Hoppes nominated for 'Educator of the Year'

Hoppes
Hoppes

REED CITY — In recognition of his achievements in agriscience education at Reed City High School, Jerry Hoppes has been nominated by the Osceola County Farm Bureau for Michigan Farm Bureau’s (MFB) 2014 “Educator of the Year” award.

The purpose of the award is to recognize teachers who have done an outstanding job of integrating basic agricultural concepts in the school curriculum, developed problem solving skills through analysis and showed consistent teaching excellence.

Hoppes has been a teacher for 18 years and has been employed at Reed City High School since 1999. Hoppes is currently teaching a biodome class, Earth science, biology and outdoor education to approximately 250 students.

“Mr. Hoppes uses a hands-on teaching style that allows students to learn by doing,” said Janet Schmidt, of the Osceola County Farm Bureau. “He is excited about what he is teaching and that energy is transferred to his students. This is the second year Mr. Hoppes was nominated for this award. We hope he is Michigan Farm Bureau’s 2014 “Educator of the Year” winner.”

Reed City High School has a 51-foot diameter geodesic growing dome green house that was constructed in the fall of 2010 and has 2,200 square feet of ground space. Reed City High School is the first northern Michigan school to have a growing dome. Hoppes’ landscape design class designed and built the perimeter, growing beds which now have a variety of herbs and vegetables growing in them. The beds help insulate the base of the building and help regulate the internal climate. Students have a chance for hands-on experiences with potted plants, flowers and vegetables. They do research to determine the types of soils needed and also learn how to make traditional soil beds. The raised bed gardening along with the district’s recycling program using semi tires as framework for raised beds.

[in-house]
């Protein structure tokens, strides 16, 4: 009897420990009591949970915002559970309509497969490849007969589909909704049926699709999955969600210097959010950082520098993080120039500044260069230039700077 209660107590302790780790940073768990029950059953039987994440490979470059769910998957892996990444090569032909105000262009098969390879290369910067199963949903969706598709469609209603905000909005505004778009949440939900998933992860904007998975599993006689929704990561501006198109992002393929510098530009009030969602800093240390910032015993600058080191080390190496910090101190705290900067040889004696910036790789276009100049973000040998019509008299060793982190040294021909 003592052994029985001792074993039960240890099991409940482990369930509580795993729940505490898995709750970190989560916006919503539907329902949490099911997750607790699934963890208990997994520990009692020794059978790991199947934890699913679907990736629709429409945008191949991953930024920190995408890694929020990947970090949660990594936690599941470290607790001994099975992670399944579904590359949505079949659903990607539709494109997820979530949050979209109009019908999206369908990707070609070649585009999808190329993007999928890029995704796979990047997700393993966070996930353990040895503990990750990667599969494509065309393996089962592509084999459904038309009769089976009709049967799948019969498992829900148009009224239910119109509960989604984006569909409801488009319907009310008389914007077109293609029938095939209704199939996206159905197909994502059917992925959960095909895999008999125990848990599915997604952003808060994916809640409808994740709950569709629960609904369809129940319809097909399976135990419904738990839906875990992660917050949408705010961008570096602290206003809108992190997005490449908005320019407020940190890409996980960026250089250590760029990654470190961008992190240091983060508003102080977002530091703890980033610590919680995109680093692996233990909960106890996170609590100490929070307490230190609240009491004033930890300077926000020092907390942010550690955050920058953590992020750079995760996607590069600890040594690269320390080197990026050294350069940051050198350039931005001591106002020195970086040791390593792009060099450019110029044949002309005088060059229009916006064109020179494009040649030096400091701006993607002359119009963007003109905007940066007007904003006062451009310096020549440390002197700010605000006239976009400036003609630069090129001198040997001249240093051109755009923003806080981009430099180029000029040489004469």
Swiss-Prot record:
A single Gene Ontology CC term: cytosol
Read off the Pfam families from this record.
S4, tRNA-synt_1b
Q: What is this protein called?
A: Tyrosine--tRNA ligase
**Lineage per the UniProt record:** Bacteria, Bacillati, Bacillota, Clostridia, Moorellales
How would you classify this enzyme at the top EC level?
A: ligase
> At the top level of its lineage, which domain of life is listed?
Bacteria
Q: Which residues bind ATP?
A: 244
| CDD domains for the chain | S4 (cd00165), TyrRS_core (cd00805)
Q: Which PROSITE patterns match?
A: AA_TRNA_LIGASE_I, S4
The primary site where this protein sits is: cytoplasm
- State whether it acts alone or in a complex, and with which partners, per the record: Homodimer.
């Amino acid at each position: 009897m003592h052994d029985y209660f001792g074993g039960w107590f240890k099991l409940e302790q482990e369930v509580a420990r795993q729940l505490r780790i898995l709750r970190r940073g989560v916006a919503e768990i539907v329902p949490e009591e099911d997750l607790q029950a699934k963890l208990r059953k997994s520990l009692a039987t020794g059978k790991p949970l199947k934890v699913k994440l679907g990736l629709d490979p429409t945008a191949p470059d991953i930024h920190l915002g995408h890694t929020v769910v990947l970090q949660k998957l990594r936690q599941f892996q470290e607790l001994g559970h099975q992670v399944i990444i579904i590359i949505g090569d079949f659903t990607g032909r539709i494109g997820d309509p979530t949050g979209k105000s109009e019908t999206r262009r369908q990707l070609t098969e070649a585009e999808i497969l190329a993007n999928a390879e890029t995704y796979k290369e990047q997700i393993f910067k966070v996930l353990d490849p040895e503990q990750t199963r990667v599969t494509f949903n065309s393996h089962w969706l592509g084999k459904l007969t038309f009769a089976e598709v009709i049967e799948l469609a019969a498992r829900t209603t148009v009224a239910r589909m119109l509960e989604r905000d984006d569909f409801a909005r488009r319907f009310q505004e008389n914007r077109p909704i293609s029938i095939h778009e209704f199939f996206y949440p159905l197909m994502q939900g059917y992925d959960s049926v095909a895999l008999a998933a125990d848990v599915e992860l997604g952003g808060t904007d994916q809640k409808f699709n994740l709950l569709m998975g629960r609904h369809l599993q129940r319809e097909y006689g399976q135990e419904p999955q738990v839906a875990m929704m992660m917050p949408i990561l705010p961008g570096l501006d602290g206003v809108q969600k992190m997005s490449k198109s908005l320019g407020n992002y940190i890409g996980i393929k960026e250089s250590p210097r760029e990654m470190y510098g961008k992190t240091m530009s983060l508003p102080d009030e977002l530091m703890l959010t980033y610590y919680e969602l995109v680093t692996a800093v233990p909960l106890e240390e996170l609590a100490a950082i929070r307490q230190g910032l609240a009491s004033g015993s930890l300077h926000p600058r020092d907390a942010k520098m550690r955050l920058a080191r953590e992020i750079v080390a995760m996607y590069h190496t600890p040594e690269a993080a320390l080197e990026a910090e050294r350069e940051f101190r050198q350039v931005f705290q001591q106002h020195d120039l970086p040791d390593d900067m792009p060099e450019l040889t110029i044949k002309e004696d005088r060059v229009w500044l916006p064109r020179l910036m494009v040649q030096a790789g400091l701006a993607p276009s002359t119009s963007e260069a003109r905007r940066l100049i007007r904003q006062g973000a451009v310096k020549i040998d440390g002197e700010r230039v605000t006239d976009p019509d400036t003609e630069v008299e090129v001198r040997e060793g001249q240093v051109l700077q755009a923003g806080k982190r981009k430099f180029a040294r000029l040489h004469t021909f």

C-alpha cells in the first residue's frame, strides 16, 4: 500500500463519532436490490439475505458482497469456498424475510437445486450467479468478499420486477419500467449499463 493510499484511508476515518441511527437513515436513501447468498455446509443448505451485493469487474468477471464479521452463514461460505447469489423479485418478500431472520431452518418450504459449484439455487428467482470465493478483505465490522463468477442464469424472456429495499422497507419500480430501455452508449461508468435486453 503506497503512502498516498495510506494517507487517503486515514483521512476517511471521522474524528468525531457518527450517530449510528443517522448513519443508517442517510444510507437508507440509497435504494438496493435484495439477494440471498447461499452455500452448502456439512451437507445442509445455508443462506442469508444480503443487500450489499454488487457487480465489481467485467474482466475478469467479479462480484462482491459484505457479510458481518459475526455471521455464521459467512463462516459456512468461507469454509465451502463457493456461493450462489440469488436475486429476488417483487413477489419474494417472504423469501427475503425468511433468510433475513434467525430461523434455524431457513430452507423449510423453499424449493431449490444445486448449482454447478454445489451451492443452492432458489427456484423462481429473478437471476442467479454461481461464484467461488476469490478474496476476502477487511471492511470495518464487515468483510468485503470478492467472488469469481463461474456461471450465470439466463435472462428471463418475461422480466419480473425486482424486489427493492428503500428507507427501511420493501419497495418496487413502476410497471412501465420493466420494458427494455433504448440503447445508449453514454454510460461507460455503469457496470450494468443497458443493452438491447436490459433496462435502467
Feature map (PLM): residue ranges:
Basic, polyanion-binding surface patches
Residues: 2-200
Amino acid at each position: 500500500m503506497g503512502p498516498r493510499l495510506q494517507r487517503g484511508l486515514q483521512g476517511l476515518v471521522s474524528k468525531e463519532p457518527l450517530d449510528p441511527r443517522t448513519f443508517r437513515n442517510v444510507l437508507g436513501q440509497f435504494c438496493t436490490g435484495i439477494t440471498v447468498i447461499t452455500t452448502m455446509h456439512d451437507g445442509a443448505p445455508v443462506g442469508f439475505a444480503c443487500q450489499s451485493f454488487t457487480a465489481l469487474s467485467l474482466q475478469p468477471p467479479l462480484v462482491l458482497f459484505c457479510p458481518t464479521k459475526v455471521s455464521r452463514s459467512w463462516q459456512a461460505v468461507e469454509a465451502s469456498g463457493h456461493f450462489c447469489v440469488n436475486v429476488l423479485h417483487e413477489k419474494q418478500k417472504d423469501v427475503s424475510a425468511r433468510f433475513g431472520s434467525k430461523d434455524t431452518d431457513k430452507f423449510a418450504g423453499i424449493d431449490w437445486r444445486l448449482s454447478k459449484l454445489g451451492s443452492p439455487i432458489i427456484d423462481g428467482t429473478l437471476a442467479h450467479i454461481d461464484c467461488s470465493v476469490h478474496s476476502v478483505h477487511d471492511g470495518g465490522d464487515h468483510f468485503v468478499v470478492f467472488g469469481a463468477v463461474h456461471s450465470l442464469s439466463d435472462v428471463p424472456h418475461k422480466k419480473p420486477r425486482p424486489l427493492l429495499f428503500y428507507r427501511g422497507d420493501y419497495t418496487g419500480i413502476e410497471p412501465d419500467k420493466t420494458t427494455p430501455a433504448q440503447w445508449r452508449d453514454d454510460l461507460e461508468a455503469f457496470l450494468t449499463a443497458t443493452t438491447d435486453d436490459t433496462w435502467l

The biodome class teaches vermiculture composing and soil classification, hydroponics and aquaponic systems. They incorporate alternative energy projects to help with production in the class. There are two large ponds inside the dome and one contains 300 perch. The nitrogen from the water feeds plants that are in beds 6 feet above the ponds. Students must test water quality daily and record their findings.

Students learn about pest control and safe ways to reduce or get rid of them. They must detect and determine if there are nutrient deficiencies with the plants they are growing.